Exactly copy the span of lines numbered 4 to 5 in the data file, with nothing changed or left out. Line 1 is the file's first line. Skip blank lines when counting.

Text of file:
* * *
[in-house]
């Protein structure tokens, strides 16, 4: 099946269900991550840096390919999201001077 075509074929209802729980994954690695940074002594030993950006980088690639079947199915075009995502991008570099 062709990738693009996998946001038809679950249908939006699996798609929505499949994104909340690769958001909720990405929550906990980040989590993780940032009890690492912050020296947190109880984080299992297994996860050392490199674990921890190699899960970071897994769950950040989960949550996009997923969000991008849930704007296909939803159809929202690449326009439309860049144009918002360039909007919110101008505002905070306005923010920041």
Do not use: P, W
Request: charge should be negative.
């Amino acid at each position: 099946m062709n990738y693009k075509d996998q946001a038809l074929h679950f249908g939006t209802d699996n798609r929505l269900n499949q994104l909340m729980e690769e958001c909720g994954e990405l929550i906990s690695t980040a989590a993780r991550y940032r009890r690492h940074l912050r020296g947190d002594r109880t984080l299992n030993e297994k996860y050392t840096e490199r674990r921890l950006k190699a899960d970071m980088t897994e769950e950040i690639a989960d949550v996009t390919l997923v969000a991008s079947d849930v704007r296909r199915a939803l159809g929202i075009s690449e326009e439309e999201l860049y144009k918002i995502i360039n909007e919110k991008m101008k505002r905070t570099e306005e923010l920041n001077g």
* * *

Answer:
Request: charge should be negative.
């Amino acid at each position: 099946m062709n990738y693009k075509d996998q946001a038809l074929h679950f249908g939006t209802d699996n798609r929505l269900n499949q994104l909340m729980e690769e958001c909720g994954e990405l929550i906990s690695t980040a989590a993780r991550y940032r009890r690492h940074l912050r020296g947190d002594r109880t984080l299992n030993e297994k996860y050392t840096e490199r674990r921890l950006k190699a899960d970071m980088t897994e769950e950040i690639a989960d949550v996009t390919l997923v969000a991008s079947d849930v704007r296909r199915a939803l159809g929202i075009s690449e326009e439309e999201l860049y144009k918002i995502i360039n909007e919110k991008m101008k505002r905070t570099e306005e923010l920041n001077g």